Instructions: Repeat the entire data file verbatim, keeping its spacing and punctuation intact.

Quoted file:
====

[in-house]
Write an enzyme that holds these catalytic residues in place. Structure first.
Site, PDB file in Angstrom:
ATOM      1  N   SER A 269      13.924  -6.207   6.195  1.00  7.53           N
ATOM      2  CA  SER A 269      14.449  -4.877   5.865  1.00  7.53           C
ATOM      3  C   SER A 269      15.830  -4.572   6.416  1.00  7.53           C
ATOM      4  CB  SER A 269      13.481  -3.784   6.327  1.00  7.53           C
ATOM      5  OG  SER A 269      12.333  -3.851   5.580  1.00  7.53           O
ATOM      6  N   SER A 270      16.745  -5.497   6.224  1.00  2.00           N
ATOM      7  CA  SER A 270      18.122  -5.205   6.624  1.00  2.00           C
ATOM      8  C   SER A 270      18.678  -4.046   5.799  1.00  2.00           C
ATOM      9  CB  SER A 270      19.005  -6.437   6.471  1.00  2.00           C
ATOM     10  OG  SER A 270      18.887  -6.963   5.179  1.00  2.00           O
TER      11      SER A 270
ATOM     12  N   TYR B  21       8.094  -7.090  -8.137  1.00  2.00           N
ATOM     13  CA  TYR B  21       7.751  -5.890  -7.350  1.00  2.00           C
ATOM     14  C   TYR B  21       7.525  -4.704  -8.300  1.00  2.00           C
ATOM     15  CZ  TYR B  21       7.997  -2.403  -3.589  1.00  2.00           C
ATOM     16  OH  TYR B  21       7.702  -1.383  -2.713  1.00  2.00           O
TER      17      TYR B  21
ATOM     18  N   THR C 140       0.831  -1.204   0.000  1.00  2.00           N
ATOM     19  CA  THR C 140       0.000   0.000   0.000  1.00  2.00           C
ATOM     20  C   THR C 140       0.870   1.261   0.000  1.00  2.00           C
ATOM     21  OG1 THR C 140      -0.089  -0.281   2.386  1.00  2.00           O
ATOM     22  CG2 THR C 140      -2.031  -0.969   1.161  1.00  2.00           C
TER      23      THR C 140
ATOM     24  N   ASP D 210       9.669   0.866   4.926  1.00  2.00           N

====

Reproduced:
[in-house]
Write an enzyme that holds these catalytic residues in place. Structure first.
Site, PDB file in Angstrom:
ATOM      1  N   SER A 269      13.924  -6.207   6.195  1.00  7.53           N
ATOM      2  CA  SER A 269      14.449  -4.877   5.865  1.00  7.53           C
ATOM      3  C   SER A 269      15.830  -4.572   6.416  1.00  7.53           C
ATOM      4  CB  SER A 269      13.481  -3.784   6.327  1.00  7.53           C
ATOM      5  OG  SER A 269      12.333  -3.851   5.580  1.00  7.53           O
ATOM      6  N   SER A 270      16.745  -5.497   6.224  1.00  2.00           N
ATOM      7  CA  SER A 270      18.122  -5.205   6.624  1.00  2.00           C
ATOM      8  C   SER A 270      18.678  -4.046   5.799  1.00  2.00           C
ATOM      9  CB  SER A 270      19.005  -6.437   6.471  1.00  2.00           C
ATOM     10  OG  SER A 270      18.887  -6.963   5.179  1.00  2.00           O
TER      11      SER A 270
ATOM     12  N   TYR B  21       8.094  -7.090  -8.137  1.00  2.00           N
ATOM     13  CA  TYR B  21       7.751  -5.890  -7.350  1.00  2.00           C
ATOM     14  C   TYR B  21       7.525  -4.704  -8.300  1.00  2.00           C
ATOM     15  CZ  TYR B  21       7.997  -2.403  -3.589  1.00  2.00           C
ATOM     16  OH  TYR B  21       7.702  -1.383  -2.713  1.00  2.00           O
TER      17      TYR B  21
ATOM     18  N   THR C 140       0.831  -1.204   0.000  1.00  2.00           N
ATOM     19  CA  THR C 140       0.000   0.000   0.000  1.00  2.00           C
ATOM     20  C   THR C 140       0.870   1.261   0.000  1.00  2.00           C
ATOM     21  OG1 THR C 140      -0.089  -0.281   2.386  1.00  2.00           O
ATOM     22  CG2 THR C 140      -2.031  -0.969   1.161  1.00  2.00           C
TER      23      THR C 140
ATOM     24  N   ASP D 210       9.669   0.866   4.926  1.00  2.00           N